On The Other Side Of Loss…

It’s been two years.

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Two years since I sold my farm, gave away my beloved horses, and felt the lights go out inside of me.

Horses are my first love – and they speak to my soul in a way that nothing else can or does. I began riding at six years old, and spent my life both working in the horse world, and pursuing my love for and understanding of these amazing beings.
My oldest, deepest dream was to have my own farm… my own horses… to follow on the path they were beckoning me, towards a destination that I couldn’t begin to imagine.

And beyond reckoning, I was given that dream. It was a God gift in my life, and I KNEW down in my bones that it was from Him.
For eleven years, I lived immersed in that sweet spot – learning, growing, waking up inside, as the horses called me into a deeper, truer expression of myself.
I had the opportunity to learn and develop my natural horsemanship, a ‘horse whisperer’ way of being with my herd. I taught this to others, and the thrill of opening up this world, and helping others come home inside themselves via a relationship with horses, brought me a joy I’d never imagined.

I’m sure you’ve heard the expression, “We teach most that which we need to learn.” That is certainly true of me.
As I taught others this way of being, God used my horses to bring me back to life. He reached me through them, accessing that deep passion place that has always been open with them, and breathing life back into me.
Over those eleven years, I grew. I healed. I grew some more.
I healed out of an unhealthy twenty five year marriage.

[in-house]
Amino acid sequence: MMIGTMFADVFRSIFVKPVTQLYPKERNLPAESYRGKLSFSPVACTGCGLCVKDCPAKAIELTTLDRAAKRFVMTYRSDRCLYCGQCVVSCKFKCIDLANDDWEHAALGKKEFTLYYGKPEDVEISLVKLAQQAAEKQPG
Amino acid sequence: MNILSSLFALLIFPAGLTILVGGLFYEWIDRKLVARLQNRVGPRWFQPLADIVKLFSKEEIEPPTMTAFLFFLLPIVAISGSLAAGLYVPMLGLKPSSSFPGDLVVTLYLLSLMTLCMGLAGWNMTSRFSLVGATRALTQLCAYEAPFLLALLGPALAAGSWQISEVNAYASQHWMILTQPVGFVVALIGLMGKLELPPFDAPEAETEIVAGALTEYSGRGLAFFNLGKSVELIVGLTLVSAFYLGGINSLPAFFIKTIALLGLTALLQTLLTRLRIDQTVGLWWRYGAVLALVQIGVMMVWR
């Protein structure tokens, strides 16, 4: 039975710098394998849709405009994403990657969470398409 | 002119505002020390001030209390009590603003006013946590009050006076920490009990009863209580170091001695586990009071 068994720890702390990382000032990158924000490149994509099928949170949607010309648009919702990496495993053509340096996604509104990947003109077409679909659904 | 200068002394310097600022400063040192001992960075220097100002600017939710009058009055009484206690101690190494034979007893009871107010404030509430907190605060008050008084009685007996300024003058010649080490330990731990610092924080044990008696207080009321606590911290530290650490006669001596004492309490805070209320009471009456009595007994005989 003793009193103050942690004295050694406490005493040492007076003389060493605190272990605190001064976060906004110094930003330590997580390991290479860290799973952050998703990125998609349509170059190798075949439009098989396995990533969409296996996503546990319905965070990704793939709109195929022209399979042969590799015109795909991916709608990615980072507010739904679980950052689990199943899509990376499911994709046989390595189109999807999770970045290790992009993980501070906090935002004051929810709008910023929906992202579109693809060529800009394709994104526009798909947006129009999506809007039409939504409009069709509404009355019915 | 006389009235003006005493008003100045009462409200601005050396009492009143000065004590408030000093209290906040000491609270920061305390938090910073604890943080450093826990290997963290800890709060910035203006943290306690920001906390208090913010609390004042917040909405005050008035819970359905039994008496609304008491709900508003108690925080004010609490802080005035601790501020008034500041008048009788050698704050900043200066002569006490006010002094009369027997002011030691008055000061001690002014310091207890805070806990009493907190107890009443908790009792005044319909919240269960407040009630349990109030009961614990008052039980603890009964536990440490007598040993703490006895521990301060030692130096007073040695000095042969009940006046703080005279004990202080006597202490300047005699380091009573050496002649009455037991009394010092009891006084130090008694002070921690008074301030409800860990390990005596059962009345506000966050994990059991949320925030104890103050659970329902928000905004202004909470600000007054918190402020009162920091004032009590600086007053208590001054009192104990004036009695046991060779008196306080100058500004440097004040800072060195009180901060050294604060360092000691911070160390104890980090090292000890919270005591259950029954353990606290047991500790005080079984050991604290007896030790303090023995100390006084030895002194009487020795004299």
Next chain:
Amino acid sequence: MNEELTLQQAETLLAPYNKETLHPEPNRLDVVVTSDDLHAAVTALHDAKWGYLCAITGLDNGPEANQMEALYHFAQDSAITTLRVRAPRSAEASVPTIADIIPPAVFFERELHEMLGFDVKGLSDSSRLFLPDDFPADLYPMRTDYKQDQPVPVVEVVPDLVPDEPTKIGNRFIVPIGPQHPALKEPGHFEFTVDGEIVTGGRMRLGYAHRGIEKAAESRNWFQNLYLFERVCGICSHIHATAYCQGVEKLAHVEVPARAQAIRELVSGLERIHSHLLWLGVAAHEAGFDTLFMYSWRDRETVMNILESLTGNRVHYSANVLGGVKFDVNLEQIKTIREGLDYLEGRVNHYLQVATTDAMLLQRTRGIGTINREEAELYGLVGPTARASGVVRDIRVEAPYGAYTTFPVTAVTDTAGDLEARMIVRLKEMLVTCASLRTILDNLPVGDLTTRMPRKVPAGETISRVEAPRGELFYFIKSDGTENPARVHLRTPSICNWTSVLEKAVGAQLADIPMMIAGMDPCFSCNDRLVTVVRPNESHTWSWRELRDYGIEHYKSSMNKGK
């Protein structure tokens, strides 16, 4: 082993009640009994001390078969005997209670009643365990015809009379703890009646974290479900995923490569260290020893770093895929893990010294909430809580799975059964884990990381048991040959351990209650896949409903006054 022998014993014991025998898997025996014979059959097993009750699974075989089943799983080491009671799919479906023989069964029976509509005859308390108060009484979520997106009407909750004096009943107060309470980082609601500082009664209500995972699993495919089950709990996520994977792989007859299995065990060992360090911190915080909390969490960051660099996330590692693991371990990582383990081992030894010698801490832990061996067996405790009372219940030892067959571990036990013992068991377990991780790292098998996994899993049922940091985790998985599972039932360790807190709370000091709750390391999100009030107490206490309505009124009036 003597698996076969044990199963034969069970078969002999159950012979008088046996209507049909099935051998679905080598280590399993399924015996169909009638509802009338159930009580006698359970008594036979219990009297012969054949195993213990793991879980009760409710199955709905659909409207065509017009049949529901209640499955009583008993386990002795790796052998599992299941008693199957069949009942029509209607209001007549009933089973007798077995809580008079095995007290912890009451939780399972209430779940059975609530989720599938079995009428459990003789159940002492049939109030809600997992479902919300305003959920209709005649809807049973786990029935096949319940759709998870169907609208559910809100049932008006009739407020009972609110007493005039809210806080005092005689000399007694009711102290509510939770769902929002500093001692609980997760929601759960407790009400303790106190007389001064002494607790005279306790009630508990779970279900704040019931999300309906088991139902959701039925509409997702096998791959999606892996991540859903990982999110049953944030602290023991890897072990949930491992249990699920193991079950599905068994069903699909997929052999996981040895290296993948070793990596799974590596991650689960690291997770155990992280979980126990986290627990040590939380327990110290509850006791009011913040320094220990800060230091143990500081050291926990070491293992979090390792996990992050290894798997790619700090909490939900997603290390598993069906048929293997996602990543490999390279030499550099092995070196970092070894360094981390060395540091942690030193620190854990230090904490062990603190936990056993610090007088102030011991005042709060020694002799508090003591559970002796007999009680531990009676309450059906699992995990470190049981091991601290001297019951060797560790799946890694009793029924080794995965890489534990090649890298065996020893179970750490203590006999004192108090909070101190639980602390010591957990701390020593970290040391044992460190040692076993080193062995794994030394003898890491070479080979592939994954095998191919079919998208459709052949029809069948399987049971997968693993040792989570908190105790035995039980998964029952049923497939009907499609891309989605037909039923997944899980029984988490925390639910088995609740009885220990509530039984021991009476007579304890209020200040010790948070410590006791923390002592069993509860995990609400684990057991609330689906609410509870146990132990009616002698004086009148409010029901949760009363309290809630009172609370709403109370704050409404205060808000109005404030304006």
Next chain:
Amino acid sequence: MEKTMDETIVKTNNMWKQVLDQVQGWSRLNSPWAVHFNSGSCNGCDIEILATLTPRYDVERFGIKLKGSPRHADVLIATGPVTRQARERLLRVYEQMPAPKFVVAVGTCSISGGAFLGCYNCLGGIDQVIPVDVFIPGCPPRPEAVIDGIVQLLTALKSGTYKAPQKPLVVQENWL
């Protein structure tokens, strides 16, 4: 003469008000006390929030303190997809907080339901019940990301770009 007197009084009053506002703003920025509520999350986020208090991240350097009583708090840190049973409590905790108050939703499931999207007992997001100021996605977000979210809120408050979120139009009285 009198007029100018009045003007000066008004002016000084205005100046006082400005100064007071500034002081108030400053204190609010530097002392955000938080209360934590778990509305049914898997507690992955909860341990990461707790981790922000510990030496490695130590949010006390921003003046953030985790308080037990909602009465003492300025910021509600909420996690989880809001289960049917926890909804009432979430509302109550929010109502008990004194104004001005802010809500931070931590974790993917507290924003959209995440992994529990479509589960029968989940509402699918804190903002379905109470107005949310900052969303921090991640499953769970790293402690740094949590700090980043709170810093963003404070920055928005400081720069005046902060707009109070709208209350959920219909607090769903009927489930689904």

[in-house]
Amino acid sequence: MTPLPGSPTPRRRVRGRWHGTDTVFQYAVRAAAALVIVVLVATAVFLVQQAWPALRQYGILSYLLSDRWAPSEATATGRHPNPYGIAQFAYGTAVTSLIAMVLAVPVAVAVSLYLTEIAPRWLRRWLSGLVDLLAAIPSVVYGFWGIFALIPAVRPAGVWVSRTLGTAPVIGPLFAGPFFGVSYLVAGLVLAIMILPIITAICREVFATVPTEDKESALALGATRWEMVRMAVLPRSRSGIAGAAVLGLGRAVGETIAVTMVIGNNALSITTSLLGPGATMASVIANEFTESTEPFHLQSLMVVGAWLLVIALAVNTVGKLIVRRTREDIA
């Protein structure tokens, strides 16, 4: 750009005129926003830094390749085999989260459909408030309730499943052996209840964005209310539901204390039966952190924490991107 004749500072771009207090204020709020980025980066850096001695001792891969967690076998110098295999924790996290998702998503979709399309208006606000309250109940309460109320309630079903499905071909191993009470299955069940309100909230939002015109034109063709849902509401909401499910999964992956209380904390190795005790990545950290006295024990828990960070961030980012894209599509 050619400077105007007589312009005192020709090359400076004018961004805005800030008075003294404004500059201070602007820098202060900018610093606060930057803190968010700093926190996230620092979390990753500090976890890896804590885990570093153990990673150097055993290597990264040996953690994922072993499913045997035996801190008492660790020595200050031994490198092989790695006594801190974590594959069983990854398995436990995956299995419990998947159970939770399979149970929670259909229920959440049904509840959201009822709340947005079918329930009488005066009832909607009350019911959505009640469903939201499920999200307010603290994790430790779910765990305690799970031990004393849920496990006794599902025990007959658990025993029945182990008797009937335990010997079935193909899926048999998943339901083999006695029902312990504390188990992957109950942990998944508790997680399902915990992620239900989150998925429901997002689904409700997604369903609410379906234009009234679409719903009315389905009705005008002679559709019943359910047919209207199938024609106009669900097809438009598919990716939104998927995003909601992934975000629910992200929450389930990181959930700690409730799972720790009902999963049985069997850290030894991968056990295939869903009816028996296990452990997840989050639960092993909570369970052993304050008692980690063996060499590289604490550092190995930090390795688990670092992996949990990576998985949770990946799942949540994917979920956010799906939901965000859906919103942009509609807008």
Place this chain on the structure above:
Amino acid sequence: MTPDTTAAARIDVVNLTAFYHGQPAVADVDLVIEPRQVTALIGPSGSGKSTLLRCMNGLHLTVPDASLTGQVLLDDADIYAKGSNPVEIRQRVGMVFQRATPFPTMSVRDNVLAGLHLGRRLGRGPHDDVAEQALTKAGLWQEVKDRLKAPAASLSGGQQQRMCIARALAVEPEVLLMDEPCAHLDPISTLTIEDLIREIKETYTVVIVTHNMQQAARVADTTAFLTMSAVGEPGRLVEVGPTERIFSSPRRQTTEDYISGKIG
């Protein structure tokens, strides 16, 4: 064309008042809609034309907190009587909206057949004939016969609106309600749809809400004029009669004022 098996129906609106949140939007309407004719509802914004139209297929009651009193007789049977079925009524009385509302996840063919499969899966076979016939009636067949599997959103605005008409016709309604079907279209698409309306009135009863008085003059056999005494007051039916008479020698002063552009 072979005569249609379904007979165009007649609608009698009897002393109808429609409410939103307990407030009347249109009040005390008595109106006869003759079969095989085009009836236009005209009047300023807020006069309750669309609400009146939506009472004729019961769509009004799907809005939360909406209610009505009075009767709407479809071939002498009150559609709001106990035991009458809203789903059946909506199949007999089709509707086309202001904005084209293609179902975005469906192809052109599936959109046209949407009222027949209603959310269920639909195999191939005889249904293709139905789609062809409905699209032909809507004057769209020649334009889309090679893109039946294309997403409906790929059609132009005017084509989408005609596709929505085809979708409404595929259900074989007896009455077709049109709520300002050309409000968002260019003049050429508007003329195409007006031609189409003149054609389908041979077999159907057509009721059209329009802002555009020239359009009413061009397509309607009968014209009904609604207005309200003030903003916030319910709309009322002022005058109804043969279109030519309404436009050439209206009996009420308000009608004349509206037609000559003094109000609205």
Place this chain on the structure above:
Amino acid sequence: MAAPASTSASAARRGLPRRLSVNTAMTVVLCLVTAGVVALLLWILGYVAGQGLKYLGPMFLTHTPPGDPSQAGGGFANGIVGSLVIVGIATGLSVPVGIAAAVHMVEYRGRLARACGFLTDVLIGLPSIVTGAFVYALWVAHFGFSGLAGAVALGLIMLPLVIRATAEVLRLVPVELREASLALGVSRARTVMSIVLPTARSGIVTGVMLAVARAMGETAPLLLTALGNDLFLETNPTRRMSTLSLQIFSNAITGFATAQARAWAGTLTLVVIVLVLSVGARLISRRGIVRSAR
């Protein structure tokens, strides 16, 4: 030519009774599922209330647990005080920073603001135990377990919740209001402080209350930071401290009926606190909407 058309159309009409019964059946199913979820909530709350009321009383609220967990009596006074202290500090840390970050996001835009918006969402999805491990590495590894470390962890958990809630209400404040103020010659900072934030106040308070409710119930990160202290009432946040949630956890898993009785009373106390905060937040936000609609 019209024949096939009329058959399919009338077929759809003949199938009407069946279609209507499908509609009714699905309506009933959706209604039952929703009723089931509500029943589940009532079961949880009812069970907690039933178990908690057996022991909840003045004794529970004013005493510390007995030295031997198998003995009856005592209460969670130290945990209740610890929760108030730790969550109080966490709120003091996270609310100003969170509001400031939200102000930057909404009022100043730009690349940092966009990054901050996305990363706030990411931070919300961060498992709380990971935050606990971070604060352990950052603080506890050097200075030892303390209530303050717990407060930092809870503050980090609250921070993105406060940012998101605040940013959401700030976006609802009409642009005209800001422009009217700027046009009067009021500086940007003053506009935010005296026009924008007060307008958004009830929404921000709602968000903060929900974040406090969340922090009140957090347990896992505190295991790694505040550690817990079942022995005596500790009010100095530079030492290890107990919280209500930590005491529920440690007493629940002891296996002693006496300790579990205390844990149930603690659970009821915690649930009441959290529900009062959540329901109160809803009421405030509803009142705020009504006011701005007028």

I healed out of playing ‘nice’, and being what others wanted or needed me to be.
I healed into my calling and purpose, stepping into my life coaching practice, and developing my work in equine facilitated coaching.
I healed into a deep awareness of who I am.
I healed into joy… into self expression… into delight.

I had a vision of where I wanted to go with this, of how this would unfold in my life, of what I could offer with my farm and horses.

And then I had to let it all go.
The farm.
The horses.
The feeling that this was exactly where I was called to live… what I was called to do… that this was the authentic expression of who God made me to be… and that I was to share this with others.

Just as it was all coming together, I had to release it.
That loss was stepping off a cliff into a spinning, careening free fall.

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Those of you who know me, know I didn’t do this gracefully.
Part of my growth is to be honest with myself about what’s going on. So I grieved. I cried. I ranted and raved.
I was angry as hell.
Angry at God.
Angry at everyone involved.
Angry at myself. Mostly angry at myself.

If this was happening… it must be because I failed.
This was what God had for me, and somehow I blew it. I wasn’t good enough to be able to keep it.
I didn’t warrant it.
And the deepest, darkest fear… “I was only fooling myself, and turns out it wasn’t okay for me to ‘BE’.”
Because that’s what I had been experiencing there on my farm. For the first time in my adult life, I was beginning to get that it was okay for me to BE – exactly who I am.
God used my farm and my horses, to show me that.